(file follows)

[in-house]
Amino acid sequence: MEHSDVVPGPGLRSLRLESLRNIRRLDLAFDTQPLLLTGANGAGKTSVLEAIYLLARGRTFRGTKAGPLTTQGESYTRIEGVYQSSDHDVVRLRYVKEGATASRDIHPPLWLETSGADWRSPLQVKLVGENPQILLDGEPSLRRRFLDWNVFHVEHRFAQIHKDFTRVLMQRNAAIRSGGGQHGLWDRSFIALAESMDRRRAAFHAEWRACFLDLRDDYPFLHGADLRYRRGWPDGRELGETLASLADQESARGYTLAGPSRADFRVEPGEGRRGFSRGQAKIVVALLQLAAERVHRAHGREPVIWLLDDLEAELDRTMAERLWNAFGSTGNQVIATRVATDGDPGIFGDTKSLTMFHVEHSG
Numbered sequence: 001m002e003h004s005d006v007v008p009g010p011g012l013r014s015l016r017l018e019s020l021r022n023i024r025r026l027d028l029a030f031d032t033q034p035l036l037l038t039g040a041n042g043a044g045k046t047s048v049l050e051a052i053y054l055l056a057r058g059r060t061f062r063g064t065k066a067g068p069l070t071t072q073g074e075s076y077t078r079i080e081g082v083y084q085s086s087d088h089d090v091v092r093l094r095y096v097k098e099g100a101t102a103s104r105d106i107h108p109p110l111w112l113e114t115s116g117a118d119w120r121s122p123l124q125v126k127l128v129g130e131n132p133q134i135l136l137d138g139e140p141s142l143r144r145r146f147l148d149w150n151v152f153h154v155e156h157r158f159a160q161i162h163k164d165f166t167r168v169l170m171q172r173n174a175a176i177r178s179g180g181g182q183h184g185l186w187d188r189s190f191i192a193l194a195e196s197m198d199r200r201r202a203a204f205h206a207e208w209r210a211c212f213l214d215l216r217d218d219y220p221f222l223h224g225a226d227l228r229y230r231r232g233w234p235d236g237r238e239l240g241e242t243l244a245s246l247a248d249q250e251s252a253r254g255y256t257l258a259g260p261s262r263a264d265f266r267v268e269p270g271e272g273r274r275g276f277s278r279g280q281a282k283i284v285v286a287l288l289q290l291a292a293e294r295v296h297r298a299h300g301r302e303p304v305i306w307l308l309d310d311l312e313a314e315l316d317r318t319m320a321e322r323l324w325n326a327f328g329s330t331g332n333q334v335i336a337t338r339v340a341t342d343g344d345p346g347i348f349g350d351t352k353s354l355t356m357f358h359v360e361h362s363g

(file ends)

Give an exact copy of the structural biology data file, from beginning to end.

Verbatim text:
[in-house]
Amino acid sequence: MEHSDVVPGPGLRSLRLESLRNIRRLDLAFDTQPLLLTGANGAGKTSVLEAIYLLARGRTFRGTKAGPLTTQGESYTRIEGVYQSSDHDVVRLRYVKEGATASRDIHPPLWLETSGADWRSPLQVKLVGENPQILLDGEPSLRRRFLDWNVFHVEHRFAQIHKDFTRVLMQRNAAIRSGGGQHGLWDRSFIALAESMDRRRAAFHAEWRACFLDLRDDYPFLHGADLRYRRGWPDGRELGETLASLADQESARGYTLAGPSRADFRVEPGEGRRGFSRGQAKIVVALLQLAAERVHRAHGREPVIWLLDDLEAELDRTMAERLWNAFGSTGNQVIATRVATDGDPGIFGDTKSLTMFHVEHSG
Numbered sequence: 001m002e003h004s005d006v007v008p009g010p011g012l013r014s015l016r017l018e019s020l021r022n023i024r025r026l027d028l029a030f031d032t033q034p035l036l037l038t039g040a041n042g043a044g045k046t047s048v049l050e051a052i053y054l055l056a057r058g059r060t061f062r063g064t065k066a067g068p069l070t071t072q073g074e075s076y077t078r079i080e081g082v083y084q085s086s087d088h089d090v091v092r093l094r095y096v097k098e099g100a101t102a103s104r105d106i107h108p109p110l111w112l113e114t115s116g117a118d119w120r121s122p123l124q125v126k127l128v129g130e131n132p133q134i135l136l137d138g139e140p141s142l143r144r145r146f147l148d149w150n151v152f153h154v155e156h157r158f159a160q161i162h163k164d165f166t167r168v169l170m171q172r173n174a175a176i177r178s179g180g181g182q183h184g185l186w187d188r189s190f191i192a193l194a195e196s197m198d199r200r201r202a203a204f205h206a207e208w209r210a211c212f213l214d215l216r217d218d219y220p221f222l223h224g225a226d227l228r229y230r231r232g233w234p235d236g237r238e239l240g241e242t243l244a245s246l247a248d249q250e251s252a253r254g255y256t257l258a259g260p261s262r263a264d265f266r267v268e269p270g271e272g273r274r275g276f277s278r279g280q281a282k283i284v285v286a287l288l289q290l291a292a293e294r295v296h297r298a299h300g301r302e303p304v305i306w307l308l309d310d311l312e313a314e315l316d317r318t319m320a321e322r323l324w325n326a327f328g329s330t331g332n333q334v335i336a337t338r339v340a341t342d343g344d345p346g347i348f349g350d351t352k353s354l355t356m357f358h359v360e361h362s363g